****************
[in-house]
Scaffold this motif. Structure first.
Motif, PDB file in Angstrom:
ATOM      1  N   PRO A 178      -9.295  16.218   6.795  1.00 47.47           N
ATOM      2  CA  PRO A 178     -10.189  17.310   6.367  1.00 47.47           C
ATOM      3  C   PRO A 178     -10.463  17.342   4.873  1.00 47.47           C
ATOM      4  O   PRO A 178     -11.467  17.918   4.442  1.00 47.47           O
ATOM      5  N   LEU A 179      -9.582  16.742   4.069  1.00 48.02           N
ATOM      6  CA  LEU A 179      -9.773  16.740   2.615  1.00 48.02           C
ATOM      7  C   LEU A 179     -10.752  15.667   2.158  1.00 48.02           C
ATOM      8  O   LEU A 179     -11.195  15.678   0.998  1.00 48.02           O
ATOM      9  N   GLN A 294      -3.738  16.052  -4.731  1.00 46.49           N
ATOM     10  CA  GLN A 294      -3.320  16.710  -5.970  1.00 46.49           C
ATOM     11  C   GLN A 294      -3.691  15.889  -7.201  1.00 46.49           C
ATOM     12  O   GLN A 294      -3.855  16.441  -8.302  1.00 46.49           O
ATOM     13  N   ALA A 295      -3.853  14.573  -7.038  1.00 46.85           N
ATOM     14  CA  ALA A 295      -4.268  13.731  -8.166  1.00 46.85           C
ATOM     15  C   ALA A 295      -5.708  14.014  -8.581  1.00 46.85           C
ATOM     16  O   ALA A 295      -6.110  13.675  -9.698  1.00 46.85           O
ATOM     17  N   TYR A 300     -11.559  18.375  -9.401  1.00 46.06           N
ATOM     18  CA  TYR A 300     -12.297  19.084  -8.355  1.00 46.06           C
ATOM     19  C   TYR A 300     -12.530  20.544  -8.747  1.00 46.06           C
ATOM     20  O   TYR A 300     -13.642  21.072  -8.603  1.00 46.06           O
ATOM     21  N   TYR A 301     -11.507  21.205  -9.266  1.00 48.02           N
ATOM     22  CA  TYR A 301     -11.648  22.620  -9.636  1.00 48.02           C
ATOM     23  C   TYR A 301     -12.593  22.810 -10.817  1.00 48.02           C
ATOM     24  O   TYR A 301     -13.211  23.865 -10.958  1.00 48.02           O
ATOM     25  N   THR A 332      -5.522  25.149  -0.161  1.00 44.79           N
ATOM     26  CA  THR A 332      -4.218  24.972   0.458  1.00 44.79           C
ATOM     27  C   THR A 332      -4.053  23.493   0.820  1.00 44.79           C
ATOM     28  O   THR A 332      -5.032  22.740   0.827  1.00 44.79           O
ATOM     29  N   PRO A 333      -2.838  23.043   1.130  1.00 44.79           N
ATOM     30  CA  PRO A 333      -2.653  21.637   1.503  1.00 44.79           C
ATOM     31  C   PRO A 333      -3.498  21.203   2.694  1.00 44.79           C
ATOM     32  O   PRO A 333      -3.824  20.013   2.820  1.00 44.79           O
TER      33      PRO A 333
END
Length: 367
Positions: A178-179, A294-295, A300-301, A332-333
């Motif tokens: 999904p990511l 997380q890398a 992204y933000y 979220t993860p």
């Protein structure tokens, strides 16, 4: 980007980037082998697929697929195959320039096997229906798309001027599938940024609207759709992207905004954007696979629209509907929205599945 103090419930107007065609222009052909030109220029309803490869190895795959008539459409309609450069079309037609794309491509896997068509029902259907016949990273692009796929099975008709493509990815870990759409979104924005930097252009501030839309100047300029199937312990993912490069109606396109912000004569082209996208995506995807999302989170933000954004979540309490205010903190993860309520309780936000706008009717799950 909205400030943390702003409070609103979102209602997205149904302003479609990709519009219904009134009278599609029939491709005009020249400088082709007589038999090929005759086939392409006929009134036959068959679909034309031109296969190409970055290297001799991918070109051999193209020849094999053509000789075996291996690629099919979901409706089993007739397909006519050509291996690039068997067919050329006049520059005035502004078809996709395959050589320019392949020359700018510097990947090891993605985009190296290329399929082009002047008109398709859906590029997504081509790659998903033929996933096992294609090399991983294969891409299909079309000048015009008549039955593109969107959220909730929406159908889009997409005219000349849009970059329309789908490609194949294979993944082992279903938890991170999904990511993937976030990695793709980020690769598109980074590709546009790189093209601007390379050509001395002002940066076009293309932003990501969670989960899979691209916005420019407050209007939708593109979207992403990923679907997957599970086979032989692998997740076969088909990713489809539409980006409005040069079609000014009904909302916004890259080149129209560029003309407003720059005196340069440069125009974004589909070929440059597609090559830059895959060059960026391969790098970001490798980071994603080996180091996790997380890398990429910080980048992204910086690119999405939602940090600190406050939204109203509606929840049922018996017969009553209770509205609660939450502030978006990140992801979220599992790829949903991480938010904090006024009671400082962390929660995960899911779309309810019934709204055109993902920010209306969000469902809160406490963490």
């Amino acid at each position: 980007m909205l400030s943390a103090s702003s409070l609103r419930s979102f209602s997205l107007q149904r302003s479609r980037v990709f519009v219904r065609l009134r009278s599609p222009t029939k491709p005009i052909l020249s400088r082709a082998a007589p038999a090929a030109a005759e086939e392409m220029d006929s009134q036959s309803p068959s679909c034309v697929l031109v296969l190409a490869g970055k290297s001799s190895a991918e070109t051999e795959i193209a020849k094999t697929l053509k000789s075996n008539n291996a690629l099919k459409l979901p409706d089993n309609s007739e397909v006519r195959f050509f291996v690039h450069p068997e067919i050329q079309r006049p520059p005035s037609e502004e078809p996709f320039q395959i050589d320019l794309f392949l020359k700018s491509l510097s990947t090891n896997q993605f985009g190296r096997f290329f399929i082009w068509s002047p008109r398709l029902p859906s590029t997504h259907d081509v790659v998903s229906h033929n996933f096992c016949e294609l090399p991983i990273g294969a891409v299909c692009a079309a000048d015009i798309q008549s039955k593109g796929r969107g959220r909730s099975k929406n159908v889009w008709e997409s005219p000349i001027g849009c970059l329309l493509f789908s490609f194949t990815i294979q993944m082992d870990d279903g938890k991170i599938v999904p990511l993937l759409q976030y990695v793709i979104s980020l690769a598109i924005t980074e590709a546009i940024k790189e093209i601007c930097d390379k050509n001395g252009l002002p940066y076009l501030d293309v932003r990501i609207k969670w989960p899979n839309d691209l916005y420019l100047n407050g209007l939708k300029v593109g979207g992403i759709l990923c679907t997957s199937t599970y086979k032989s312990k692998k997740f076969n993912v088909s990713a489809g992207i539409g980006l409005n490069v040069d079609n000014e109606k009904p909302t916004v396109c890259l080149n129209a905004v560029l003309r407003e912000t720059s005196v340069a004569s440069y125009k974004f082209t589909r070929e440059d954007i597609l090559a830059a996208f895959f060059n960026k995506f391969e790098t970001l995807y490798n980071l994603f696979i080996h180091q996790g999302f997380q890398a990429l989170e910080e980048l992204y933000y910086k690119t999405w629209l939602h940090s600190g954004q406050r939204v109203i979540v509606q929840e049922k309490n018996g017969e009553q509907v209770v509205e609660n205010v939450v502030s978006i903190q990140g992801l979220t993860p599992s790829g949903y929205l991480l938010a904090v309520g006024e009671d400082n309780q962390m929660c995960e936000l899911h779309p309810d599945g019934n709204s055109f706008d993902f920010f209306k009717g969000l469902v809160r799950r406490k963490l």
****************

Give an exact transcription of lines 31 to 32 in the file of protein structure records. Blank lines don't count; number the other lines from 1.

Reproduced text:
ATOM     28  O   THR A 332      -5.032  22.740   0.827  1.00 44.79           O
ATOM     29  N   PRO A 333      -2.838  23.043   1.130  1.00 44.79           N